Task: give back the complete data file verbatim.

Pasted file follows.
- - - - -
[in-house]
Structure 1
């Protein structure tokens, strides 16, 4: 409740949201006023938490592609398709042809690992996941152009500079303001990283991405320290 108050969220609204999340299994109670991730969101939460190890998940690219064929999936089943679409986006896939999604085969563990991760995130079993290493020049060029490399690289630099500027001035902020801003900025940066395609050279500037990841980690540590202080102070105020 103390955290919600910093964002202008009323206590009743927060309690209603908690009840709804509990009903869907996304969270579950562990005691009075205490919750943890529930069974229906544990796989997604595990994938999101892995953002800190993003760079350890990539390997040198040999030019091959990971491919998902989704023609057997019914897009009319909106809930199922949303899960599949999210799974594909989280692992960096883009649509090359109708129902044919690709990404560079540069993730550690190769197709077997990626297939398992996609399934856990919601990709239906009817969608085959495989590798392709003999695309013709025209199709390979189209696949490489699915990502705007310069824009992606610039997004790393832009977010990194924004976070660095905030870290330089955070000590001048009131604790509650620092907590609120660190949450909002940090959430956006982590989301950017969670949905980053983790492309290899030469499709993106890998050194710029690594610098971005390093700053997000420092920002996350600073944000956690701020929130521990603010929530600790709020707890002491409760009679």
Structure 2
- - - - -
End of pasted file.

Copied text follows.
[in-house]
Structure 1
């Protein structure tokens, strides 16, 4: 409740949201006023938490592609398709042809690992996941152009500079303001990283991405320290 108050969220609204999340299994109670991730969101939460190890998940690219064929999936089943679409986006896939999604085969563990991760995130079993290493020049060029490399690289630099500027001035902020801003900025940066395609050279500037990841980690540590202080102070105020 103390955290919600910093964002202008009323206590009743927060309690209603908690009840709804509990009903869907996304969270579950562990005691009075205490919750943890529930069974229906544990796989997604595990994938999101892995953002800190993003760079350890990539390997040198040999030019091959990971491919998902989704023609057997019914897009009319909106809930199922949303899960599949999210799974594909989280692992960096883009649509090359109708129902044919690709990404560079540069993730550690190769197709077997990626297939398992996609399934856990919601990709239906009817969608085959495989590798392709003999695309013709025209199709390979189209696949490489699915990502705007310069824009992606610039997004790393832009977010990194924004976070660095905030870290330089955070000590001048009131604790509650620092907590609120660190949450909002940090959430956006982590989301950017969670949905980053983790492309290899030469499709993106890998050194710029690594610098971005390093700053997000420092920002996350600073944000956690701020929130521990603010929530600790709020707890002491409760009679």
Structure 2